drinking coffee in india history

A Brief History of Coffee

coffee drinking india history

Coffee Myths & Legends

Coffee dates back to around 850 CE and maybe earlier, with a number of legends surrounding its first use. It is most likely to have originated in Ethiopia and Yemen, where a story about a farmer (Kaldi) and his energized goats has become the stuff of legend.

As well as Kaldi's apocryphal story, there are stories of a Moroccan monk eating coffee berries, a starving Sheikh roasting the beans in a desert cave, and other ancient tales.


The earliest evidence of people trading and drinking coffee appears in the late 15th century, as coffee began to be exported from Ethiopia to Yemen and Somalia. It was primarily consumed in the Islamic world where it originated, and and was directly linked to religious practices, helping drinkers fast in the day and stay awake at night during Ramadan.

By the early to mid 1500's, coffee houses had spread to Egypt, Syria, and Istanbul, the capital of the Ottoman Empire. During this period it was banned (from 1511-1524) due to its stimulating effect, by conservative imams in Mecca, and similarly in Cairo in 1532.

During the 16th century, coffee consumption spread throughout the Middle East, then on to Italy, and then the rest of Europe. Coffee plants were exported by the Dutch to South East Asia, and the Americas.


The first European coffeehouse opened in Venice in 1645 after being introduced to Malta through imprisoned Turkish slaves. News of coffee also came to Europe through travelers returning from the Middle East. The German physician and botanist Leonhard Rauwolf in 1573 described coffee as, "a very good drink they call Chaube that is almost as black as ink and very good in illness, especially of the stomach. This they drink in the morning early in open places before everybody, without any fear or regard, out of China cups, as hot as they can, sipping it a little at a time."

Leonhard Rauwolf

The first coffeehouse in England opened in St Michael's Abbey in 1652 by Pasqua Rosée, the servant of a trader in Turkish goods. Queen's Lane coffeehouse in Oxford, England, is the oldest continually working coffeehouse in Europe. Founded in 1654, it has been serving coffee prior to the naming of New York, the Great Plague and the Fire of London, and is still going strong today.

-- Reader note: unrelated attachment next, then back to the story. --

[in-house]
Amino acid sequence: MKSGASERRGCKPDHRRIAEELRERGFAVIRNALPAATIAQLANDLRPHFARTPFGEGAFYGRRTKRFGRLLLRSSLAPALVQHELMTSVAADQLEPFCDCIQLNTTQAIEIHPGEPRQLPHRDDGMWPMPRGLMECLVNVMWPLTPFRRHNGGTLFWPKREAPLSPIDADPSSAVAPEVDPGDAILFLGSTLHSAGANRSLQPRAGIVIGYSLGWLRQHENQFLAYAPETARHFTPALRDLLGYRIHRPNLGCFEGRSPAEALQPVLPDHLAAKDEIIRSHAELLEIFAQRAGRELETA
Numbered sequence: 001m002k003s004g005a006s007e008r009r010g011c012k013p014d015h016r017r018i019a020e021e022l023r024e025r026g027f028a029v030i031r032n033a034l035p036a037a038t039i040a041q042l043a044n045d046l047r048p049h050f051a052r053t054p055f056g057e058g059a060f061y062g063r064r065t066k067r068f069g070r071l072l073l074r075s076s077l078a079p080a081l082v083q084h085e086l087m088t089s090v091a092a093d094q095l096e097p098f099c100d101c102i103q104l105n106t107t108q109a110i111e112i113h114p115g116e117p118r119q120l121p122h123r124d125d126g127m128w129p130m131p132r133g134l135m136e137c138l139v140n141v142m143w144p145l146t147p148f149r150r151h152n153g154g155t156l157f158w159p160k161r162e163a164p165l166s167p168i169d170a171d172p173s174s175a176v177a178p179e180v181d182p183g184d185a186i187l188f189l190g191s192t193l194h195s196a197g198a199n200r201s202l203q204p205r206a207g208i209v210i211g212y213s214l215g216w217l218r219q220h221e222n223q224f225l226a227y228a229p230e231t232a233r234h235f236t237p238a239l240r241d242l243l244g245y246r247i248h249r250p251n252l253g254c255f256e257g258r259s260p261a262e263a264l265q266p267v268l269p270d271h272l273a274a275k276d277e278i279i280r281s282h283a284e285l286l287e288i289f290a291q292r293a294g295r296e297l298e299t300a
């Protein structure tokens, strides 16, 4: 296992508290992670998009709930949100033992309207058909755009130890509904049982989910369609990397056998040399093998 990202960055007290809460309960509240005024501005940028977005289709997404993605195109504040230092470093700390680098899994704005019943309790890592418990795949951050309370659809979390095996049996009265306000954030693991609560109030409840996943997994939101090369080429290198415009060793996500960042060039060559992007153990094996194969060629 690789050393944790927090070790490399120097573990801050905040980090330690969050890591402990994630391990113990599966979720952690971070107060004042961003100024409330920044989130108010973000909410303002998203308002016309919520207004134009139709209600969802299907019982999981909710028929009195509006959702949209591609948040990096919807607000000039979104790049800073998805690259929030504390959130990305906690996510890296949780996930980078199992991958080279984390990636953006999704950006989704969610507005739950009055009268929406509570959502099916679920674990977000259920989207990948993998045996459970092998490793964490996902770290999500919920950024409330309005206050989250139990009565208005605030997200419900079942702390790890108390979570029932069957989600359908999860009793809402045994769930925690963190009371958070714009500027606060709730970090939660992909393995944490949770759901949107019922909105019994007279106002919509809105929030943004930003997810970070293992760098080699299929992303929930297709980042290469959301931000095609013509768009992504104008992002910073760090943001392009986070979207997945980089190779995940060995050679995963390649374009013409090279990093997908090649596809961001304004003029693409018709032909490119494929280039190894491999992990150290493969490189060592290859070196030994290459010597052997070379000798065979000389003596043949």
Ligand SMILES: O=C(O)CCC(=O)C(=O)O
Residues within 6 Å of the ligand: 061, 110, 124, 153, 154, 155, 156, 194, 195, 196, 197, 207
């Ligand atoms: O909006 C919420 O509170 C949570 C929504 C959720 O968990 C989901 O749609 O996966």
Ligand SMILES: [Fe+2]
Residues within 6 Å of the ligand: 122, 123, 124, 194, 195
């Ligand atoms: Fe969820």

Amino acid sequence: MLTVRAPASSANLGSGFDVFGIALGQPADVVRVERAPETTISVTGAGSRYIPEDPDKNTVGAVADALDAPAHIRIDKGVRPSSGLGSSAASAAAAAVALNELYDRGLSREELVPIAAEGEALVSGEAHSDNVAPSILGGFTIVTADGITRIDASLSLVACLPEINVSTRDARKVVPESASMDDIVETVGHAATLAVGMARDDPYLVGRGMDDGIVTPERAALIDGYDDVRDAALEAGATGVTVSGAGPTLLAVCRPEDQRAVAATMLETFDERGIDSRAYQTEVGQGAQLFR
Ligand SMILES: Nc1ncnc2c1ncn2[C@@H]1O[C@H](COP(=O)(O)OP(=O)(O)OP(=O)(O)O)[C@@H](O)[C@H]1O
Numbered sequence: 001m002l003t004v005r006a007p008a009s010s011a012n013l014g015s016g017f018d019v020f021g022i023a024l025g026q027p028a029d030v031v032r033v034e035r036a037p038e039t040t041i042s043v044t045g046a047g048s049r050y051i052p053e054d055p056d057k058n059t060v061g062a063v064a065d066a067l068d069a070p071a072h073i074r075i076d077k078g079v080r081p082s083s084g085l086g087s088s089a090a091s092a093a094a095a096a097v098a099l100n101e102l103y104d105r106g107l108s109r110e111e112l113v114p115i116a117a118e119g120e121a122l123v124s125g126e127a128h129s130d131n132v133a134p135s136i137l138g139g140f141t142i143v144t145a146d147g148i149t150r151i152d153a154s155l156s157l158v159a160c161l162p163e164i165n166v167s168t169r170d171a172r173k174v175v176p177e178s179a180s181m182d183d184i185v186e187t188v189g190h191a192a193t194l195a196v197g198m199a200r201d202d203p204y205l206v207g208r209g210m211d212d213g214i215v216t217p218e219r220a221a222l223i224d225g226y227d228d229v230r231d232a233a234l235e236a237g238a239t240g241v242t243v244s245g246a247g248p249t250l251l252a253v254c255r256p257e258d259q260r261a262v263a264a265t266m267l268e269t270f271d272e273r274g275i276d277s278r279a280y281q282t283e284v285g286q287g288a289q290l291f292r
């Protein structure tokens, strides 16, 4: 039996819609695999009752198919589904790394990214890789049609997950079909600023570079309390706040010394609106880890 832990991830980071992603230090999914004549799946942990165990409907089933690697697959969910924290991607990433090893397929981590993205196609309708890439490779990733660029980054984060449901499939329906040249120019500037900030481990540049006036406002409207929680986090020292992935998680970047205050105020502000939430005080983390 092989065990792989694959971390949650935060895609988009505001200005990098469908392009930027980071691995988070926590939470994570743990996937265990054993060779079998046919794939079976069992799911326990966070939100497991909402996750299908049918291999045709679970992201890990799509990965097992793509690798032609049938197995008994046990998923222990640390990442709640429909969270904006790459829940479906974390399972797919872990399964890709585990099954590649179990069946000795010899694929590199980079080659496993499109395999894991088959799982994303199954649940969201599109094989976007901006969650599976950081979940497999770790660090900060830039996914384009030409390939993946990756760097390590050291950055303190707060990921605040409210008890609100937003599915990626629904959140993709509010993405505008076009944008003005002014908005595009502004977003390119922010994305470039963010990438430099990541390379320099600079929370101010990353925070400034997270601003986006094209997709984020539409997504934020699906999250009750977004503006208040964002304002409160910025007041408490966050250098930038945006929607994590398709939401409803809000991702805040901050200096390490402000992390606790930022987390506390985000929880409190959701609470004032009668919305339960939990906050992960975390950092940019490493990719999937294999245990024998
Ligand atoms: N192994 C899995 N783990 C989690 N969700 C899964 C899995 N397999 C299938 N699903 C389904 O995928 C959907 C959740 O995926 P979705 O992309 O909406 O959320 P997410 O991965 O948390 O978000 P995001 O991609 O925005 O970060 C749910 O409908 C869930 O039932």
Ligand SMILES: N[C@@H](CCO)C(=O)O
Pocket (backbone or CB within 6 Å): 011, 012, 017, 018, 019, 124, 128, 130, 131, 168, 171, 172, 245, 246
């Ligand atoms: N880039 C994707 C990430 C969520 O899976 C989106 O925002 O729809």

In 1720, coffee seedlings were brought to the Caribbean by Gabriel de Clieu, a French naval officer. The success of growing coffee in this climate mean that 50 years later, coffee cultivation had spread to Haiti, the Dominican Republic, Mexico, and other parts of Latin America. Coffee cultivation in Brazil didn't take off until after independence in 1822, and it became the largest coffee producer in the world by 1852. Currently Brazil produces about 7.8 billion pounds of coffee a year, a third of the world's supply.

After the Boston Tea Party of 1773, large numbers of Americans switched to drinking coffee, because drinking tea had become unpatriotic. This event led to escalating tensions, and two years later the American Revolutionary War broke out.

the boston tea party


Coffee was introduced to India around 1670 by Babu Budan, a 16th century Sufi (Islamic Mystic), who brought beans from Yemen. Plantations are now well established in southern India, with Arabica grown in the upper hills, and Robusta grown at lower levels.

The Dutch introduced coffee to Japan in the 17th century, but the first European style coffeehouse didn't open until in Tokyo in 1888. They also brought coffee to Indonesia during the same period, and it is now the fourth largest coffee producing country in the world.

The coffee plant was introduced to the Philippines in 1740 by a Spanish Franciscan Friar, and it is one of the few countries that grows all four main varieties, Arabica, Robusta, and the lesser known Liberica, and Excelsa.

Vietnam has also become a significant producer of coffee, since it's introduction by the French in 1857. It is now the second largest producer in the world.


So coffee has been around for a very long time, and has been instrumental in creating a culture of discussion and community around the world. If there's one thing I miss during this pandemic, it's that warm and inviting coffeehouse atmosphere. 

Share your thoughts and leave a comment. 

Istanbul café

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